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Continuing from my previous question on Brunner et al.'s paper; so given a standard Bell experimental setup:

where independent inputs $x,y \in \{0, 1\}$ decide the measurement performed by Alice & Bob on quantum state $S$ with outcomes $a,b \in \{-1, 1\}$, $a$ and $b$ are correlated (not independent) if:

(1) $P(ab|xy) \ne P(a|xy)P(b|xy) \ne P(a|x)P(b|y)$

Of course, there are perfectly innocent non-quantum reasons why $a$ and $b$ could be correlated; call these reasons confounding variables, some artifact of when Alice & Bob's systems interacted in the past. The set of all confounding variables we call $\lambda$. If we take into account all variables in $\lambda$, a local theory claims that $a$ and $b$ will become independent and thus $P(ab|xy)$ will factorize:

(2) $P(ab|xy,\lambda) = P(a|x,\lambda)P(b|y,\lambda)$

This equation expresses outcomes depending only on their local measurement and past variables $\lambda$, and explicitly not the remote measurement.

**Question one**: what is the mathematical meaning of the comma in equation (2)?

**Question two**: what is an example of a variable in $\lambda$?

The paper then says the following:

The variable $\lambda$ will not necessarily be constant for all runs of the experiment, even if the procedure which prepares the particles to be measured is held fixed, because $\lambda$ may involve physical quantities that are not fully controllable. The different values of $\lambda$ across the runs should thus be characterized by a probability distribution $q(\lambda)$.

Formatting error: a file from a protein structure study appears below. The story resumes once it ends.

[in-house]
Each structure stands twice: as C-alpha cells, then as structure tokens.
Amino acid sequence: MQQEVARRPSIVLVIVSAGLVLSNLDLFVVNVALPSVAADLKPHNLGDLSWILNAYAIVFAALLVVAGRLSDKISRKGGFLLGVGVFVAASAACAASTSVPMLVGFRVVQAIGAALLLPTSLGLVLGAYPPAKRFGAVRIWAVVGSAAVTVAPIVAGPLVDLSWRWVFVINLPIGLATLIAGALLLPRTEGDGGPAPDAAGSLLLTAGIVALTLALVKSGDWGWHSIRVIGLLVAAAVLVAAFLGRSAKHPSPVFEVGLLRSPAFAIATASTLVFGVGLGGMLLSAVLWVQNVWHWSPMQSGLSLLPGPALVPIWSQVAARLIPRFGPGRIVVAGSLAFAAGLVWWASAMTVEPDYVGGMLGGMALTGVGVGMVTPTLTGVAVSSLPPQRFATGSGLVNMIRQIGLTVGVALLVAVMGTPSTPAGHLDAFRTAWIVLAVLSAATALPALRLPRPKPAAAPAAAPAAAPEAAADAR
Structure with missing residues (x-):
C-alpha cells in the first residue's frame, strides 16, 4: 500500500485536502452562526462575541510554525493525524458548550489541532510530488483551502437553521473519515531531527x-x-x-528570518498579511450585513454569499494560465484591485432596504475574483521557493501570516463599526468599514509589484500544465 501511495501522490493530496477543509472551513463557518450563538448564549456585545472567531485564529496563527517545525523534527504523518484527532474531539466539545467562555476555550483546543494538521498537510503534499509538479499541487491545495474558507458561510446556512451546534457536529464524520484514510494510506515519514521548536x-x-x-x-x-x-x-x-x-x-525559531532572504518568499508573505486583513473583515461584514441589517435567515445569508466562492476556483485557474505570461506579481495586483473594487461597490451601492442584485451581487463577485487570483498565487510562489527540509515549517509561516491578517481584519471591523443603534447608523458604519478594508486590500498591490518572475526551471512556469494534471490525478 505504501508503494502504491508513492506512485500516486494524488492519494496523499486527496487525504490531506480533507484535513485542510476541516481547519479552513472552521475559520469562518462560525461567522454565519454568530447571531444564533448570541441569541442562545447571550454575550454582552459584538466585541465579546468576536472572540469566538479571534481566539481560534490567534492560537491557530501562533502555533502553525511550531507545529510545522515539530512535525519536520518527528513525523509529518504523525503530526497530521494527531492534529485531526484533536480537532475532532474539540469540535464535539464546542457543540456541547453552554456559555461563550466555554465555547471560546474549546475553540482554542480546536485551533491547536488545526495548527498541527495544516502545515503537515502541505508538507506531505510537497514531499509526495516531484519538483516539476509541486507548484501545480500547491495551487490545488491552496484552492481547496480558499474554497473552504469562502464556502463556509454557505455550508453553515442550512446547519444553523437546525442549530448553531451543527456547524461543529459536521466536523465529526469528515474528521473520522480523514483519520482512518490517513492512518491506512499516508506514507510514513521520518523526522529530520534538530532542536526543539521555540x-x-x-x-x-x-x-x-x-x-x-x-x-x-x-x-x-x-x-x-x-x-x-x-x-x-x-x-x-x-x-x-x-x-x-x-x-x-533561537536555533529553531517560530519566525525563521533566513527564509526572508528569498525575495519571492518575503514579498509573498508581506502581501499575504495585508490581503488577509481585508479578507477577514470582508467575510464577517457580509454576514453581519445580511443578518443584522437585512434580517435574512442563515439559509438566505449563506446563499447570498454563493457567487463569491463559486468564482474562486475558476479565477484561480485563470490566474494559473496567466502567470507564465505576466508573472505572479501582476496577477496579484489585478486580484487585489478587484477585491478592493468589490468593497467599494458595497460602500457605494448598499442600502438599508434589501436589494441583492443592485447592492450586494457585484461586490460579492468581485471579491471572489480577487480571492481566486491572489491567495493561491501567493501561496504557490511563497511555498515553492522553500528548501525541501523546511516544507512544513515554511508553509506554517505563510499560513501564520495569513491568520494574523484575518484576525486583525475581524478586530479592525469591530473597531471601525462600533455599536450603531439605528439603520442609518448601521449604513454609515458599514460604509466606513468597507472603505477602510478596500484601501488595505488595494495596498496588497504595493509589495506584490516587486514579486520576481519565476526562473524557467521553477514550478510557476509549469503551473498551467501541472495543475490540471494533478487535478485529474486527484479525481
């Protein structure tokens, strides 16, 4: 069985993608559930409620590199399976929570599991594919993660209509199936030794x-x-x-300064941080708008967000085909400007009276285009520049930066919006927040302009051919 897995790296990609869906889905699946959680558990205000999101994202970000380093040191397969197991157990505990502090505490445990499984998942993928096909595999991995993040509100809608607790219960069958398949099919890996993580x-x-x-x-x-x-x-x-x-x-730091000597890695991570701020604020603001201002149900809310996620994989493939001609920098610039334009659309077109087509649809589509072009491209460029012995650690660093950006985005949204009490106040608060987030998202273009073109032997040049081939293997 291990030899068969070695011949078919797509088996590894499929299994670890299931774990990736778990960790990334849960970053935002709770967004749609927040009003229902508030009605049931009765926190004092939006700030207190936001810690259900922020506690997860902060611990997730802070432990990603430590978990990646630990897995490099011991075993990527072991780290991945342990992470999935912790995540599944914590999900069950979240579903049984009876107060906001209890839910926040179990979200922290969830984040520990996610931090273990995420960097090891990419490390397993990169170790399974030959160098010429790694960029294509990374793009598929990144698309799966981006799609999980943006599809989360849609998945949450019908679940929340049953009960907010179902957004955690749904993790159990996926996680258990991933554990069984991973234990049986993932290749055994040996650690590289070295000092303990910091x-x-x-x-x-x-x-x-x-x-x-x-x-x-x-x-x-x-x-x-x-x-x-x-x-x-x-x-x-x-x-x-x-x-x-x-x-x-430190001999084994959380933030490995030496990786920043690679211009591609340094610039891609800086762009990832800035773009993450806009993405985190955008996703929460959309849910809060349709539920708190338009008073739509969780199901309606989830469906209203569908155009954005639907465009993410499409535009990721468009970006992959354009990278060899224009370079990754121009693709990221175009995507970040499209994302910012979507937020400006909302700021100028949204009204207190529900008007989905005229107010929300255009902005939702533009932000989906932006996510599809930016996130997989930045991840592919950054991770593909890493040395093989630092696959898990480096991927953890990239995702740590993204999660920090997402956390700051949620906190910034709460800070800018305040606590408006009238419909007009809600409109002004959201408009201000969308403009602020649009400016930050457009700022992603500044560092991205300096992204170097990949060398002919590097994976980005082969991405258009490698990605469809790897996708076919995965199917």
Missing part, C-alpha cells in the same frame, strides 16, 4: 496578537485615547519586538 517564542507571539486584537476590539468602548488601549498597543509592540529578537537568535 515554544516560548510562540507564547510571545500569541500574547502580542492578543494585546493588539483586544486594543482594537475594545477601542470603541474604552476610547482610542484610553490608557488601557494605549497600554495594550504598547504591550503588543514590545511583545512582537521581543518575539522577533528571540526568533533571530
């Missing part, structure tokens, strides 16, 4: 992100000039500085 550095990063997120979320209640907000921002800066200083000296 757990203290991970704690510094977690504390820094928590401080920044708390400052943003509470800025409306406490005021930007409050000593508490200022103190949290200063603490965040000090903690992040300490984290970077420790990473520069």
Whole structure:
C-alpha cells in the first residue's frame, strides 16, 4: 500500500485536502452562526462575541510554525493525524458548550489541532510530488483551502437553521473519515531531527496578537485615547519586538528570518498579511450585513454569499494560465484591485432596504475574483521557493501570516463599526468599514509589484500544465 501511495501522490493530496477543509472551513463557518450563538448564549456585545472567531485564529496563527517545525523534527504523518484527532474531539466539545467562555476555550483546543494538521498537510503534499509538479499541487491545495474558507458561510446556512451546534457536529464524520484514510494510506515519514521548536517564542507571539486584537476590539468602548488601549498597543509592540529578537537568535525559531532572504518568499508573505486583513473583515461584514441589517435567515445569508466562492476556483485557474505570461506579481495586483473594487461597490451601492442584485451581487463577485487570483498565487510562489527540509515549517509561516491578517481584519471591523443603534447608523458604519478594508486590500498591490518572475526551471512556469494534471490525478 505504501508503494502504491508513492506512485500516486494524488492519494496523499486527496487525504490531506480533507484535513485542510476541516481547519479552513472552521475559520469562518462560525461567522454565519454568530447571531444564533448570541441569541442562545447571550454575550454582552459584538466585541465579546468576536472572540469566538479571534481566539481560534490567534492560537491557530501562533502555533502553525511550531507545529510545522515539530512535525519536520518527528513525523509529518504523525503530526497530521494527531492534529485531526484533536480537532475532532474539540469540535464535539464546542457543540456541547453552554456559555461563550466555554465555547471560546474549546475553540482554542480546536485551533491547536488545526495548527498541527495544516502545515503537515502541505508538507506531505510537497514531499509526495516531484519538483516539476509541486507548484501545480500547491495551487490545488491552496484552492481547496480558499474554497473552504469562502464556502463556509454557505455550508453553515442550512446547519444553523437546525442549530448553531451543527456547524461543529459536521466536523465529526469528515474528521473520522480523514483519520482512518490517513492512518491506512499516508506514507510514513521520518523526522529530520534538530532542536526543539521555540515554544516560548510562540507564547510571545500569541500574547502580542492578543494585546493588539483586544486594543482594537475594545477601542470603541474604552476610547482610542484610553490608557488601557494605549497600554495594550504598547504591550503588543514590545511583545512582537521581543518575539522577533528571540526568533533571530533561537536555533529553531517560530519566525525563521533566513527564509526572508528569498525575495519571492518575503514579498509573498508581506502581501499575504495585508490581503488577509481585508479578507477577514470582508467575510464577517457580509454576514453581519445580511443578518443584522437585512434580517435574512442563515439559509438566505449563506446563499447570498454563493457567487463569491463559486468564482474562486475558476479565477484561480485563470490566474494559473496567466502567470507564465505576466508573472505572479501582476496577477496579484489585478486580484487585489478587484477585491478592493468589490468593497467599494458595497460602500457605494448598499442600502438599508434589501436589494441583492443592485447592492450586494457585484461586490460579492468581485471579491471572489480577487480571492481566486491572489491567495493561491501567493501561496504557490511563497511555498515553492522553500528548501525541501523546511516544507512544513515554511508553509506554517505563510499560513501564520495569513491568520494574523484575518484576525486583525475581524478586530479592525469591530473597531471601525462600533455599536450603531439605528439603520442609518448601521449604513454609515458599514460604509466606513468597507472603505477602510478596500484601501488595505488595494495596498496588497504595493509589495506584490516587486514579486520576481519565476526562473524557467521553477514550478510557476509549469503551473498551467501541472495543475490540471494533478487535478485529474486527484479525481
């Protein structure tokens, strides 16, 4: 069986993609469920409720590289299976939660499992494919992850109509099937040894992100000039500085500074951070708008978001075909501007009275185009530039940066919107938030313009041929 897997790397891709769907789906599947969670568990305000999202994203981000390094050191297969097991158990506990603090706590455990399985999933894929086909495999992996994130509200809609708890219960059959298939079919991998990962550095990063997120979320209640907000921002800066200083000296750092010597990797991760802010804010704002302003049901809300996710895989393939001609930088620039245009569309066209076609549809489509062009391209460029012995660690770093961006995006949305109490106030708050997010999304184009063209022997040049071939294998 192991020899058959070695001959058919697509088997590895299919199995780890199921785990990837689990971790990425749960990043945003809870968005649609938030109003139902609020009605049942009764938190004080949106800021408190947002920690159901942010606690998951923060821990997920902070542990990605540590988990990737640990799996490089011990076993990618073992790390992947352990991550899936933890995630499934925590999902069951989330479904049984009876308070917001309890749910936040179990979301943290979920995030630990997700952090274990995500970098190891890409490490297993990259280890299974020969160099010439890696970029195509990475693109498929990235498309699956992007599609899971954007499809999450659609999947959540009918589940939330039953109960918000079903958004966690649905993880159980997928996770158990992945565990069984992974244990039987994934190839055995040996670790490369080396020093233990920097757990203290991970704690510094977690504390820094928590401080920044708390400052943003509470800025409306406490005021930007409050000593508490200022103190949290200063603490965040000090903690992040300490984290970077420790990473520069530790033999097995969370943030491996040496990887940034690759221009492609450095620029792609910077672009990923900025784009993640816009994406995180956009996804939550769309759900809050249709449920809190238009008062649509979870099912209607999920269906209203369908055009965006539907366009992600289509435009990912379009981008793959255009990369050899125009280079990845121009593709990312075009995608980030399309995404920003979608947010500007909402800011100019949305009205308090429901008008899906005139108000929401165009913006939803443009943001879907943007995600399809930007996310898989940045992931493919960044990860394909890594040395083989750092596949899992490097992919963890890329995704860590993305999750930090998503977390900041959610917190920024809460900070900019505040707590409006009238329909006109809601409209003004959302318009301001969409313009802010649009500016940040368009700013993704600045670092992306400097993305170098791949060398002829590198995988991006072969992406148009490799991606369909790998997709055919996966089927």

**Question three**: why was it a set of variables before but is now only a single variable?

**Question four**: what is an example of a probability distribution for $q(\lambda)$ here?

We then have the fundamental definition of locality for Bell experiments:

(3) $P(ab|xy) = \int_{Λ} q(\lambda)P(a|x, \lambda)P(b|y, \lambda) d\lambda$ where $q(\lambda|x,y) = q(\lambda)$

**Question five**: What does the Λ character mean under the integral sign?

**General question**: so we have a continuous probability distribution $q(\lambda)$ over which we're integrating. Why are we multiplying the RHS of equation (2) by $q(\lambda)$ in the integrand? That would seem to make equation (3) different than equation (2). What's an example of this integral with concrete values?